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Michael Geist takes on “The Trouble with the TPP”

Over the past few weeks Michael Geist has released a series of blogs detailing the definitive case against the TPP. Here are the top highlights. What do you think?

Over the past several weeks, Professor Michael Geist, Canada Research Chair in Internet and E-Commerce Law at the University of Ottawa, has been making the definitive case against the Trans-Pacific Partnership, detailing the gaps and missteps that would affect Canada’s digital policies under the TPP. And when I say detailing, I mean meticulously detailing.

If you want to get nerdy, read Geist’s full pieces at his blog here. To date, he has detailed no fewer than 17 specific issues that Canada should be paying attention to while weighing the purported benefits of the agreement.

But if you just want the TL:DR, we’ve pulled together some of what we see as the top highlights from his series The Trouble with the TPP. These are some of the key flaws in this worrisome deal, and Geist’s in-depth pieces, linked out to below, are well worth the read.

  • The introduction of criminal penalties for disclosing trade secrets, which, as the EFF has highlighted, would disproportionately penalize and discourage journalists and whistleblowers.

  • Canada had to pay an ‘entry price’ just to be allowed to enter negotiations on the TPP. These changes include punitive anti-counterfeiting legislation passed in 2014, and restrictions on Canada’ ability to negotiate the terms of the final agreement.

  • Rules to protect companies and rightsholders are mandatory, but users’ rights are just a polite suggestion. The difference between a “shall” and a “may” in the TPP text means that no country under the TPP is actually required to strike a balance on IP and copyright.

  • The goal of this ‘made in America’ agreement is to export U.S. domestic policy to the rest of the world, regardless of its own flaws. In particular, the U.S. DMCA takedown process is deeply flawed, but that is the system that will be exported to the rest of the TPP countries, excluding Canada and Chile, who have managed to secure an exception. Other countries party to the TPP (current or future) are barred from using a more flexible and balanced system like we have in Canada and must instead adopt the U.S. takedown standard.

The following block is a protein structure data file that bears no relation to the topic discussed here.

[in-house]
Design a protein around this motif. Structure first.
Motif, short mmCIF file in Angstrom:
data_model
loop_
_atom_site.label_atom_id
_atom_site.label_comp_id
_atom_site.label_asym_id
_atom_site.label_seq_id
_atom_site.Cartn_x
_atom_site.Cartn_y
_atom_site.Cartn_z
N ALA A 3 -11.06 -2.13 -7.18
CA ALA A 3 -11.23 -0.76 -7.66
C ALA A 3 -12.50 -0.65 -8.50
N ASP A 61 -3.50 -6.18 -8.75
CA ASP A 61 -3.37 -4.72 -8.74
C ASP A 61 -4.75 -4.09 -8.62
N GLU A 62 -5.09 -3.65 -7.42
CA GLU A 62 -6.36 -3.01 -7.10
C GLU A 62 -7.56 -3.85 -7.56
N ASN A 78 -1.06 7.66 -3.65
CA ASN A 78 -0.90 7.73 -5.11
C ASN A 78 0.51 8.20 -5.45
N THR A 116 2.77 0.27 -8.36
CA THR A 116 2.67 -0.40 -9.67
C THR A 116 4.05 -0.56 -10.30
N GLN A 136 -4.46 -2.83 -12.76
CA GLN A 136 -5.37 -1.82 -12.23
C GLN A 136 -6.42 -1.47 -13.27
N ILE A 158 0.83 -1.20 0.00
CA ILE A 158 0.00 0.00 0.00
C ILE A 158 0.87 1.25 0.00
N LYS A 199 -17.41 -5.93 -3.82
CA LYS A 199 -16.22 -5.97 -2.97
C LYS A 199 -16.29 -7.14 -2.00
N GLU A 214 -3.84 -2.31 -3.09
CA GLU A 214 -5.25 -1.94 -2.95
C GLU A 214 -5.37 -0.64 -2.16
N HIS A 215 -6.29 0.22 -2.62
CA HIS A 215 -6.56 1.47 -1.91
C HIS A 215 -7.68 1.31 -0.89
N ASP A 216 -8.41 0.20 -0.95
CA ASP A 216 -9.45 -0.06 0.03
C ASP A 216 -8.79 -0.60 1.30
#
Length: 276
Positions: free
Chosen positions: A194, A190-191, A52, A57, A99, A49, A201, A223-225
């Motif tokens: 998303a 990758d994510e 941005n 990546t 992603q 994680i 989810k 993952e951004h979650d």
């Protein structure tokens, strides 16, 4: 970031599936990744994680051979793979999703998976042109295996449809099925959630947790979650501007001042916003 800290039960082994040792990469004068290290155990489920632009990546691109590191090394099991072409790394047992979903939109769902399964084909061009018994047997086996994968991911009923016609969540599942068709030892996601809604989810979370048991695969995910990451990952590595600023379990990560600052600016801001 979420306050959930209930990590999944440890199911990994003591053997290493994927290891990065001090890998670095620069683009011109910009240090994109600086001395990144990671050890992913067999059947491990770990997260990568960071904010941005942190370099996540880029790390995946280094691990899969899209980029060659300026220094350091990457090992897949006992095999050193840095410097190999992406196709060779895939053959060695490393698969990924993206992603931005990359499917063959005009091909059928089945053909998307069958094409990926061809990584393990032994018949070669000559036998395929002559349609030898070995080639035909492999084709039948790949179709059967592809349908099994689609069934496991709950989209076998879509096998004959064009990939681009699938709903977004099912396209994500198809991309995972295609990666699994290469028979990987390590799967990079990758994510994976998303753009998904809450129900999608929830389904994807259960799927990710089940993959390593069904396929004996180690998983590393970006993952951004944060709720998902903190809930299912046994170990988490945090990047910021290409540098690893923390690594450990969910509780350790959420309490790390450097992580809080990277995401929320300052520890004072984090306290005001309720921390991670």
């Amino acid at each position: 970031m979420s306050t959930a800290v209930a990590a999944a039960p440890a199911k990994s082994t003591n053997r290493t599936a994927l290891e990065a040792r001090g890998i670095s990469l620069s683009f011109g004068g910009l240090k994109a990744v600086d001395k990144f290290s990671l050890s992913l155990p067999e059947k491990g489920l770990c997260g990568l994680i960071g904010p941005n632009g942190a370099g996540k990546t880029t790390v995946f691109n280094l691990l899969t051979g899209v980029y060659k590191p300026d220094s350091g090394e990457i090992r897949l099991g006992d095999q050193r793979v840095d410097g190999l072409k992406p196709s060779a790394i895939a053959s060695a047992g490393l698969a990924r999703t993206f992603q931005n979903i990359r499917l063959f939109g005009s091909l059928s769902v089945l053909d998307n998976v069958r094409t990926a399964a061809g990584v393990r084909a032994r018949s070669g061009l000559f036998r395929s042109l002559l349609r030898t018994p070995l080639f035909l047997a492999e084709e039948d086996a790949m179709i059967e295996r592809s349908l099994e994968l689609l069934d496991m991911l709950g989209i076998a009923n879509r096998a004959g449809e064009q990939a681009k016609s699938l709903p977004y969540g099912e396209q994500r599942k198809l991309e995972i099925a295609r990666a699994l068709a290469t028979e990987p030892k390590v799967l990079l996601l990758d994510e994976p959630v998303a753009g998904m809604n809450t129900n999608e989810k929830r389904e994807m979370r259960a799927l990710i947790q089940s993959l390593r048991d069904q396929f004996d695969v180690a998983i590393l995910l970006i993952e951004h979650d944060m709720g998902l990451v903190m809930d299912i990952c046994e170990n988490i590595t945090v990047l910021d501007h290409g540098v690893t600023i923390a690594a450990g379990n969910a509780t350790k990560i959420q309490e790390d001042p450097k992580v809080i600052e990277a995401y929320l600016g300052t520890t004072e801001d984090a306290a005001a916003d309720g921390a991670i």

• Extending copyright terms hurts artists and will cost us money without incentivizing any new creative works. Enough said.

  • We’ll be locked into some of the most restrictive DRM rules in the world, which we hoped to reform. As Geist outlines, the rules that Canada currently has show that we’ve already caved to U.S. pressure. Under the TPP there will be no going back.

  • We’ll be caught in a cross-continental privacy battle, without the option to decide for ourselves. Privacy protections in the EU differ greatly from those in the U.S., in particular when it comes to cross-border data transfers and rules that require businesses and organizations to store data in the jurisdiction where it was collected. More stringent rules in the EU have so far accommodated Canada’s data privacy laws, declaring them “adequate.” But under the TPP, restrictions on cross-border data transfers and data localization requirements are prohibited, putting Canada in the middle of growing tensions between the European and U.S. approaches to privacy.

Professor Geist will be continuing to analyse the TPP throughout January, so be sure to check back with us for more about what Canada can expect if we bring this agreement into law. You can also read more on Michael Geist’s blog.

You may have noticed the TPP picking up speed in the media this week, as Trade Minister Chrystia Freeland announced that she will be travelling to New Zealand to sign the agreement on February 4th. Previously, the Harper government had committed to the deal in principle, but this would mark the formal signing of the agreement, and start the two-year countdown clock for partner countries to ratify the TPP into law.

For the reasons Professor Geist has detailed above (and more) Canadians, and citizens from all 12 TPP nations, are asking their ministers not to sign the agreement at DontSigntheTPP.net.